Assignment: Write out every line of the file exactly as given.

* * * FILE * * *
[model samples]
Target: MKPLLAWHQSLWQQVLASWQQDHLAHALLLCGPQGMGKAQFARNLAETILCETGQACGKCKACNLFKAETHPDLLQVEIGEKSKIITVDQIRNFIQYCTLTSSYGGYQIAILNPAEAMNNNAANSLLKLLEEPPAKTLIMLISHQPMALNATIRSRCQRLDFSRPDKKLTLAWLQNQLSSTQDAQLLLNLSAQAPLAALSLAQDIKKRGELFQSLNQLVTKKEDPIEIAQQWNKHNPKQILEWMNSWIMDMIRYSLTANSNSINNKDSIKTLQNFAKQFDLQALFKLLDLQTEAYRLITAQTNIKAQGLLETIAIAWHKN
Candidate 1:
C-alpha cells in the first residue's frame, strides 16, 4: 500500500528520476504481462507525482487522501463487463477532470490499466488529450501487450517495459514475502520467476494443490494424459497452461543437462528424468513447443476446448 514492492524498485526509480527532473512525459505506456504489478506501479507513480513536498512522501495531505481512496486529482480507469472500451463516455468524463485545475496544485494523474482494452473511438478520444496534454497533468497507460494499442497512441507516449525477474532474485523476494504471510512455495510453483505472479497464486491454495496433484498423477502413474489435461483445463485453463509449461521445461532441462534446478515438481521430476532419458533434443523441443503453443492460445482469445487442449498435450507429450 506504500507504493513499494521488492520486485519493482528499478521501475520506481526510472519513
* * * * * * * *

[model samples]
Target: MKPLLAWHQSLWQQVLASWQQDHLAHALLLCGPQGMGKAQFARNLAETILCETGQACGKCKACNLFKAETHPDLLQVEIGEKSKIITVDQIRNFIQYCTLTSSYGGYQIAILNPAEAMNNNAANSLLKLLEEPPAKTLIMLISHQPMALNATIRSRCQRLDFSRPDKKLTLAWLQNQLSSTQDAQLLLNLSAQAPLAALSLAQDIKKRGELFQSLNQLVTKKEDPIEIAQQWNKHNPKQILEWMNSWIMDMIRYSLTANSNSINNKDSIKTLQNFAKQFDLQALFKLLDLQTEAYRLITAQTNIKAQGLLETIAIAWHKN
Candidate 1:
C-alpha cells in the first residue's frame, strides 16, 4: 500500500528520476504481462507525482487522501463487463477532470490499466488529450501487450517495459514475502520467476494443490494424459497452461543437462528424468513447443476446448 514492492524498485526509480527532473512525459505506456504489478506501479507513480513536498512522501495531505481512496486529482480507469472500451463516455468524463485545475496544485494523474482494452473511438478520444496534454497533468497507460494499442497512441507516449525477474532474485523476494504471510512455495510453483505472479497464486491454495496433484498423477502413474489435461483445463485453463509449461521445461532441462534446478515438481521430476532419458533434443523441443503453443492460445482469445487442449498435450507429450 506504500507504493513499494521488492520486485519493482528499478521501475520506481526510472519513